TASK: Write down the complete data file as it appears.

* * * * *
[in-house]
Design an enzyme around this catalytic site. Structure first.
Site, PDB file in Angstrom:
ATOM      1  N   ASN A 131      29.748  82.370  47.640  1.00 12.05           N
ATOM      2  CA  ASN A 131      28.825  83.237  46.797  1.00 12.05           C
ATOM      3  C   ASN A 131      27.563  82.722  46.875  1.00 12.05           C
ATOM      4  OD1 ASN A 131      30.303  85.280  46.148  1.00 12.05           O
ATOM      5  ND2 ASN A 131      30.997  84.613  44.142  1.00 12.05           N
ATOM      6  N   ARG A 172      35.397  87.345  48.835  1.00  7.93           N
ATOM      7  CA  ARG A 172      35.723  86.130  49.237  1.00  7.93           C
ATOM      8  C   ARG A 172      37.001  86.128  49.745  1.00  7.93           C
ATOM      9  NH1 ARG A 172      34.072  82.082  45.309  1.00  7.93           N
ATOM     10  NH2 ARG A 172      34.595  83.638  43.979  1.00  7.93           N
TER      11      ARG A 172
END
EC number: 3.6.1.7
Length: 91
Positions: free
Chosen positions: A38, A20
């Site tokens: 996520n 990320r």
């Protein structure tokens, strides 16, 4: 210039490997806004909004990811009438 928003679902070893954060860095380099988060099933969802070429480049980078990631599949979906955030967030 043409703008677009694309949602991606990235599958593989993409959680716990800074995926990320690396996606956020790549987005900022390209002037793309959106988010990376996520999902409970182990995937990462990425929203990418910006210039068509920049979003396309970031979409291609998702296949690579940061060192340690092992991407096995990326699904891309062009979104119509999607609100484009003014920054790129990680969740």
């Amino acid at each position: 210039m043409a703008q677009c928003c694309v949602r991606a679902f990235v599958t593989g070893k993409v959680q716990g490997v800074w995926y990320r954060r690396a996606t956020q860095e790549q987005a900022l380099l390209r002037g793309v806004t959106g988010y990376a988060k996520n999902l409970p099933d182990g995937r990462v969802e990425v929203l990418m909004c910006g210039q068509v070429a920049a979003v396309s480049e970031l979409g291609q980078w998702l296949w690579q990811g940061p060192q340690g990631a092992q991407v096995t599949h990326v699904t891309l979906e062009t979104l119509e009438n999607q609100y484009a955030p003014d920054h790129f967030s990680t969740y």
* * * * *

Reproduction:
[in-house]
Design an enzyme around this catalytic site. Structure first.
Site, PDB file in Angstrom:
ATOM      1  N   ASN A 131      29.748  82.370  47.640  1.00 12.05           N
ATOM      2  CA  ASN A 131      28.825  83.237  46.797  1.00 12.05           C
ATOM      3  C   ASN A 131      27.563  82.722  46.875  1.00 12.05           C
ATOM      4  OD1 ASN A 131      30.303  85.280  46.148  1.00 12.05           O
ATOM      5  ND2 ASN A 131      30.997  84.613  44.142  1.00 12.05           N
ATOM      6  N   ARG A 172      35.397  87.345  48.835  1.00  7.93           N
ATOM      7  CA  ARG A 172      35.723  86.130  49.237  1.00  7.93           C
ATOM      8  C   ARG A 172      37.001  86.128  49.745  1.00  7.93           C
ATOM      9  NH1 ARG A 172      34.072  82.082  45.309  1.00  7.93           N
ATOM     10  NH2 ARG A 172      34.595  83.638  43.979  1.00  7.93           N
TER      11      ARG A 172
END
EC number: 3.6.1.7
Length: 91
Positions: free
Chosen positions: A38, A20
């Site tokens: 996520n 990320r």
């Protein structure tokens, strides 16, 4: 210039490997806004909004990811009438 928003679902070893954060860095380099988060099933969802070429480049980078990631599949979906955030967030 043409703008677009694309949602991606990235599958593989993409959680716990800074995926990320690396996606956020790549987005900022390209002037793309959106988010990376996520999902409970182990995937990462990425929203990418910006210039068509920049979003396309970031979409291609998702296949690579940061060192340690092992991407096995990326699904891309062009979104119509999607609100484009003014920054790129990680969740």
């Amino acid at each position: 210039m043409a703008q677009c928003c694309v949602r991606a679902f990235v599958t593989g070893k993409v959680q716990g490997v800074w995926y990320r954060r690396a996606t956020q860095e790549q987005a900022l380099l390209r002037g793309v806004t959106g988010y990376a988060k996520n999902l409970p099933d182990g995937r990462v969802e990425v929203l990418m909004c910006g210039q068509v070429a920049a979003v396309s480049e970031l979409g291609q980078w998702l296949w690579q990811g940061p060192q340690g990631a092992q991407v096995t599949h990326v699904t891309l979906e062009t979104l119509e009438n999607q609100y484009a955030p003014d920054h790129f967030s990680t969740y």